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uncanny

[uhn-kan-ee] /ʌnˈkæn i/
adjective
1.
having or seeming to have a supernatural or inexplicable basis; beyond the ordinary or normal; extraordinary:
uncanny accuracy; an uncanny knack of foreseeing trouble.
2.
mysterious; arousing superstitious fear or dread; uncomfortably strange:
Uncanny sounds filled the house.
Origin
1590-1600
1590-1600; un-1 + canny
Related forms
uncannily, adverb
uncanniness, noun
Synonyms
2. preternatural, odd. See weird.
Antonyms
2. ordinary, natural.
Dictionary.com Unabridged
Based on the Random House Dictionary, © Random House, Inc. 2014.
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Examples from the web for uncannily
  • His judgment proved uncannily accurate: by the end of his career the hits far outweighed the misses.
  • Sometimes the artists uncannily reflect the history and culture of their place.
  • When they met, they discovered that they cooked uncannily well as a team and became best buddies.
  • Well naturally, but the specifics are uncannily interesting.
  • For centuries, mathematicians have been uncannily accurate in predicting the physical world.
  • While the food may be homely, its presentation is uncannily neat.
  • The machine code of the genes is uncannily computerlike.
  • The science is uncannily true, with rare exceptions.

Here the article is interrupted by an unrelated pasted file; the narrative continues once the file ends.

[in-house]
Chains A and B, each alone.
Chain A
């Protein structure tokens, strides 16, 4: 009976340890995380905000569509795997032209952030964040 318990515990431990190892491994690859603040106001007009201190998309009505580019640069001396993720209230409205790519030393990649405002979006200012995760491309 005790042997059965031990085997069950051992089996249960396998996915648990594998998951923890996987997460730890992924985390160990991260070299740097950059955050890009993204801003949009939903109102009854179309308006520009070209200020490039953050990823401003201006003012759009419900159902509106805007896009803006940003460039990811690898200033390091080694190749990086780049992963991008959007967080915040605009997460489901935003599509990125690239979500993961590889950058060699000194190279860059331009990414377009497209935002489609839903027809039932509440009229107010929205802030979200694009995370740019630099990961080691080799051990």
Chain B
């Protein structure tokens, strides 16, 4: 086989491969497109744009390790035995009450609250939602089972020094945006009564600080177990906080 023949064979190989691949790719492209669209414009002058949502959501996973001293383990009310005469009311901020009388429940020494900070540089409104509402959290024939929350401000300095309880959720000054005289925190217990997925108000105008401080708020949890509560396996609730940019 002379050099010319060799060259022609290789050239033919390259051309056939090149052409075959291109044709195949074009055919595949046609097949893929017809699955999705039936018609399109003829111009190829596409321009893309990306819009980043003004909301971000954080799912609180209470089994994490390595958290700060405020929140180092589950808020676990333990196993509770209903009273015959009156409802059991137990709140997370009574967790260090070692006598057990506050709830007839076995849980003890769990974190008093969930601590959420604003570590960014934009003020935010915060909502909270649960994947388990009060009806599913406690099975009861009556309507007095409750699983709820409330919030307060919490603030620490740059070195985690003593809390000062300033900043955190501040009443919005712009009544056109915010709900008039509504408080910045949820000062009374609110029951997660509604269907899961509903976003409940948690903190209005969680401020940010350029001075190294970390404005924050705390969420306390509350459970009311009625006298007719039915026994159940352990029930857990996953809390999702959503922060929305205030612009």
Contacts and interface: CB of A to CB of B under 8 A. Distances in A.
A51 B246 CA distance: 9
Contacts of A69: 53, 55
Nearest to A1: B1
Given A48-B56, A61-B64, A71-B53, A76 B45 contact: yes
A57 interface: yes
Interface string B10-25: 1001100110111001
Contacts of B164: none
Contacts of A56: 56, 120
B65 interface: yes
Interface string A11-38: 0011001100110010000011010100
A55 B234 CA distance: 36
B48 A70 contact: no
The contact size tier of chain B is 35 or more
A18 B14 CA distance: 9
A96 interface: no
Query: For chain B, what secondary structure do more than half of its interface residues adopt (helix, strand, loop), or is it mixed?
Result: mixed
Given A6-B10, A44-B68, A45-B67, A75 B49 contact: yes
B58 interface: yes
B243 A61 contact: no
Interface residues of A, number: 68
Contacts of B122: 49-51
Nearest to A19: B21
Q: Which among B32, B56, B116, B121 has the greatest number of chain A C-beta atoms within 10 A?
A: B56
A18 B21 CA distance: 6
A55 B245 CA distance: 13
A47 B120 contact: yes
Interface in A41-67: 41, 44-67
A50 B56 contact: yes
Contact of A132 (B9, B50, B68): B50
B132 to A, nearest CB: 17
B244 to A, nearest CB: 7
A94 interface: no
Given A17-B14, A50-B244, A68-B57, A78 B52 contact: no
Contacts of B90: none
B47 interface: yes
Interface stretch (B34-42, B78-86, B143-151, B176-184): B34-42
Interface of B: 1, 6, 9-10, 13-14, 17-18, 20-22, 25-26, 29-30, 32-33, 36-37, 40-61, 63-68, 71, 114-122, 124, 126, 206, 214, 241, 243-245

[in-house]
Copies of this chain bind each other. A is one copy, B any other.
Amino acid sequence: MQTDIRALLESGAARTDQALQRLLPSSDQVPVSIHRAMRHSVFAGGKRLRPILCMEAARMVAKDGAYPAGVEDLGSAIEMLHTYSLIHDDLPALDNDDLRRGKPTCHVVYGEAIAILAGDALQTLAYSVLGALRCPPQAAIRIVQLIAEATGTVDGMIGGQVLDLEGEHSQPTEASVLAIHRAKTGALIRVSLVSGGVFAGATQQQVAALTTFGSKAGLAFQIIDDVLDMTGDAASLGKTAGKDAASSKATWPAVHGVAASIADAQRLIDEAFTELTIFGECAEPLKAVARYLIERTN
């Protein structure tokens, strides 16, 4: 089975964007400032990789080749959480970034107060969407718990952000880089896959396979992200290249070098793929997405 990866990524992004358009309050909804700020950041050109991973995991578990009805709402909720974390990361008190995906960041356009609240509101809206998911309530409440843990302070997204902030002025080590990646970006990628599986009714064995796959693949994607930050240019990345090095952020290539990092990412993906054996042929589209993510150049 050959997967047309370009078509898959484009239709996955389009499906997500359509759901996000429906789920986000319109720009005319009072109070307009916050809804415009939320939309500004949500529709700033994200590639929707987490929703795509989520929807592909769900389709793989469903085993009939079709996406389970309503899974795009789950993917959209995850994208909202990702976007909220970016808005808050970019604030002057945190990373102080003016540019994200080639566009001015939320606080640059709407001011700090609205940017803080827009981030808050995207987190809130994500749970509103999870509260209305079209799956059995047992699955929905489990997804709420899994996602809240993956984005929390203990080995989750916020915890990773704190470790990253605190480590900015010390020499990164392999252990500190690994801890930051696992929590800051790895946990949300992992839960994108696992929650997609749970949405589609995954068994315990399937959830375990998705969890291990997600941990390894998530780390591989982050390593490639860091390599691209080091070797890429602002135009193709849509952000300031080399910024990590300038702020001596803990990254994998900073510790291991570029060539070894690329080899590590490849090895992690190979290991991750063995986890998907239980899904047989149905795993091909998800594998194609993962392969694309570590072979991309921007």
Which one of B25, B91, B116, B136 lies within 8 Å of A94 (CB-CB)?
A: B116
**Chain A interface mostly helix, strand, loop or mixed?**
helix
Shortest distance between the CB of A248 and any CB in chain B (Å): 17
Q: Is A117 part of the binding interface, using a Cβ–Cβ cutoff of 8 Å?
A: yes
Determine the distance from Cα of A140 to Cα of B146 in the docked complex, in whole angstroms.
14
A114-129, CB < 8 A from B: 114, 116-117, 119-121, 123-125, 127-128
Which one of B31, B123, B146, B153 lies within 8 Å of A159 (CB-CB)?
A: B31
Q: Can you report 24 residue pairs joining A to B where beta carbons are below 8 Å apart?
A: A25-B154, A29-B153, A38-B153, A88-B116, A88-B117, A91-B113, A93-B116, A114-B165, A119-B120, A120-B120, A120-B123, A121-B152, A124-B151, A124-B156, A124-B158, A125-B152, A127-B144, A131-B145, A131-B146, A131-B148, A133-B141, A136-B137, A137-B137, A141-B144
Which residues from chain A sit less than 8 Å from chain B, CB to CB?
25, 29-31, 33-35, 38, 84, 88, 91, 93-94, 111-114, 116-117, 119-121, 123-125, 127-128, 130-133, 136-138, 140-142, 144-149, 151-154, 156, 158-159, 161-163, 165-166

• Praise tends to focus on his uncannily authentic-sounding dialogue, which manages to bring even marginal characters to life.
  • The phrase refers to modern species that are uncannily similar to extinct ones.
British Dictionary definitions for uncannily

uncanny

/ʌnˈkænɪ/
adjective
1.
characterized by apparently supernatural wonder, horror, etc
2.
beyond what is normal or expected: an uncanny accuracy
Derived Forms
uncannily, adverb
uncanniness, noun
Collins English Dictionary - Complete & Unabridged 2012 Digital Edition
© William Collins Sons & Co. Ltd. 1979, 1986 © HarperCollins
Publishers 1998, 2000, 2003, 2005, 2006, 2007, 2009, 2012
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Word Origin and History for uncannily

uncanny

adj.

1590s, "mischievous;" 1773 in the sense of "associated with the supernatural," originally Scottish and northern English, from un- (1) "not" + canny.

Online Etymology Dictionary, © 2010 Douglas Harper
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